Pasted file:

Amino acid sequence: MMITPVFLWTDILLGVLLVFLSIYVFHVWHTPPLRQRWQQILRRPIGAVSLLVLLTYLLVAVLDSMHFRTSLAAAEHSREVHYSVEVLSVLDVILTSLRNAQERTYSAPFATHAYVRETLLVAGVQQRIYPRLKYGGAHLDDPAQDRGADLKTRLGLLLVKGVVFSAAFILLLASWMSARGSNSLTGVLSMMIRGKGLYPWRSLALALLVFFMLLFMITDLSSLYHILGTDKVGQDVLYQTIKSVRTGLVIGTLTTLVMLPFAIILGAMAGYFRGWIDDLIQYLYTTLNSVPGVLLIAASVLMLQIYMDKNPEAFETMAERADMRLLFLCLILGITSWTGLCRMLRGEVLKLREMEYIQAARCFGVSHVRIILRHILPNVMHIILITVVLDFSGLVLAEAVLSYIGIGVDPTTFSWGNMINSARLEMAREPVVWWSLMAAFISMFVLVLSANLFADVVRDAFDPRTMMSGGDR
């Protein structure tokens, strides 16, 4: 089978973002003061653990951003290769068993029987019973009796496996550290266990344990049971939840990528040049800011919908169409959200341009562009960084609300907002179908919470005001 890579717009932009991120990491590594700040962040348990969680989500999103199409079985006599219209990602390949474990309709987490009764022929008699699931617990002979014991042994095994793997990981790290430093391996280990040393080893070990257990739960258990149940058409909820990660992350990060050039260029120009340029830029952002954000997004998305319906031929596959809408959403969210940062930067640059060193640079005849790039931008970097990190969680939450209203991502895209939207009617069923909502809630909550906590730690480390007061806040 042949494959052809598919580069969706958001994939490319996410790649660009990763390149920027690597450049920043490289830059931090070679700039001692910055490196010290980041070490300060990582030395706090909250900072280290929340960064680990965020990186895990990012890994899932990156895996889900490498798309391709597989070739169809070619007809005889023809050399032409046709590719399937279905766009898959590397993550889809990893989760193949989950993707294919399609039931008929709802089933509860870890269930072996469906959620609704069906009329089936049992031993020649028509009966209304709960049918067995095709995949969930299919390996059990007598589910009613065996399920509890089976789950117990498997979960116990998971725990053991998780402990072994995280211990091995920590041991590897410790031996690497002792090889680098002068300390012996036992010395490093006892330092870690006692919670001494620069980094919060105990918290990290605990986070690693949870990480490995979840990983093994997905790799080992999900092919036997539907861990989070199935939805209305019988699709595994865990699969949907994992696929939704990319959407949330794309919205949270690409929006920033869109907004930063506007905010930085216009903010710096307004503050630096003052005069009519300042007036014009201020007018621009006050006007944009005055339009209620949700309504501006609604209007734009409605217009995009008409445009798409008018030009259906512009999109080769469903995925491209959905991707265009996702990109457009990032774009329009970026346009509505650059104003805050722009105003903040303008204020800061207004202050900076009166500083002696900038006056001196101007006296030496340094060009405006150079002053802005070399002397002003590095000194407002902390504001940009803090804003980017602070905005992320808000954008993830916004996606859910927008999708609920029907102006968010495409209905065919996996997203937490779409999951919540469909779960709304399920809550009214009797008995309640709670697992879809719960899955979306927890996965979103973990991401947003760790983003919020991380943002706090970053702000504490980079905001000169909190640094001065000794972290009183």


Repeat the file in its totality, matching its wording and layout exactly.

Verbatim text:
Amino acid sequence: MMITPVFLWTDILLGVLLVFLSIYVFHVWHTPPLRQRWQQILRRPIGAVSLLVLLTYLLVAVLDSMHFRTSLAAAEHSREVHYSVEVLSVLDVILTSLRNAQERTYSAPFATHAYVRETLLVAGVQQRIYPRLKYGGAHLDDPAQDRGADLKTRLGLLLVKGVVFSAAFILLLASWMSARGSNSLTGVLSMMIRGKGLYPWRSLALALLVFFMLLFMITDLSSLYHILGTDKVGQDVLYQTIKSVRTGLVIGTLTTLVMLPFAIILGAMAGYFRGWIDDLIQYLYTTLNSVPGVLLIAASVLMLQIYMDKNPEAFETMAERADMRLLFLCLILGITSWTGLCRMLRGEVLKLREMEYIQAARCFGVSHVRIILRHILPNVMHIILITVVLDFSGLVLAEAVLSYIGIGVDPTTFSWGNMINSARLEMAREPVVWWSLMAAFISMFVLVLSANLFADVVRDAFDPRTMMSGGDR
């Protein structure tokens, strides 16, 4: 089978973002003061653990951003290769068993029987019973009796496996550290266990344990049971939840990528040049800011919908169409959200341009562009960084609300907002179908919470005001 890579717009932009991120990491590594700040962040348990969680989500999103199409079985006599219209990602390949474990309709987490009764022929008699699931617990002979014991042994095994793997990981790290430093391996280990040393080893070990257990739960258990149940058409909820990660992350990060050039260029120009340029830029952002954000997004998305319906031929596959809408959403969210940062930067640059060193640079005849790039931008970097990190969680939450209203991502895209939207009617069923909502809630909550906590730690480390007061806040 042949494959052809598919580069969706958001994939490319996410790649660009990763390149920027690597450049920043490289830059931090070679700039001692910055490196010290980041070490300060990582030395706090909250900072280290929340960064680990965020990186895990990012890994899932990156895996889900490498798309391709597989070739169809070619007809005889023809050399032409046709590719399937279905766009898959590397993550889809990893989760193949989950993707294919399609039931008929709802089933509860870890269930072996469906959620609704069906009329089936049992031993020649028509009966209304709960049918067995095709995949969930299919390996059990007598589910009613065996399920509890089976789950117990498997979960116990998971725990053991998780402990072994995280211990091995920590041991590897410790031996690497002792090889680098002068300390012996036992010395490093006892330092870690006692919670001494620069980094919060105990918290990290605990986070690693949870990480490995979840990983093994997905790799080992999900092919036997539907861990989070199935939805209305019988699709595994865990699969949907994992696929939704990319959407949330794309919205949270690409929006920033869109907004930063506007905010930085216009903010710096307004503050630096003052005069009519300042007036014009201020007018621009006050006007944009005055339009209620949700309504501006609604209007734009409605217009995009008409445009798409008018030009259906512009999109080769469903995925491209959905991707265009996702990109457009990032774009329009970026346009509505650059104003805050722009105003903040303008204020800061207004202050900076009166500083002696900038006056001196101007006296030496340094060009405006150079002053802005070399002397002003590095000194407002902390504001940009803090804003980017602070905005992320808000954008993830916004996606859910927008999708609920029907102006968010495409209905065919996996997203937490779409999951919540469909779960709304399920809550009214009797008995309640709670697992879809719960899955979306927890996965979103973990991401947003760790983003919020991380943002706090970053702000504490980079905001000169909190640094001065000794972290009183």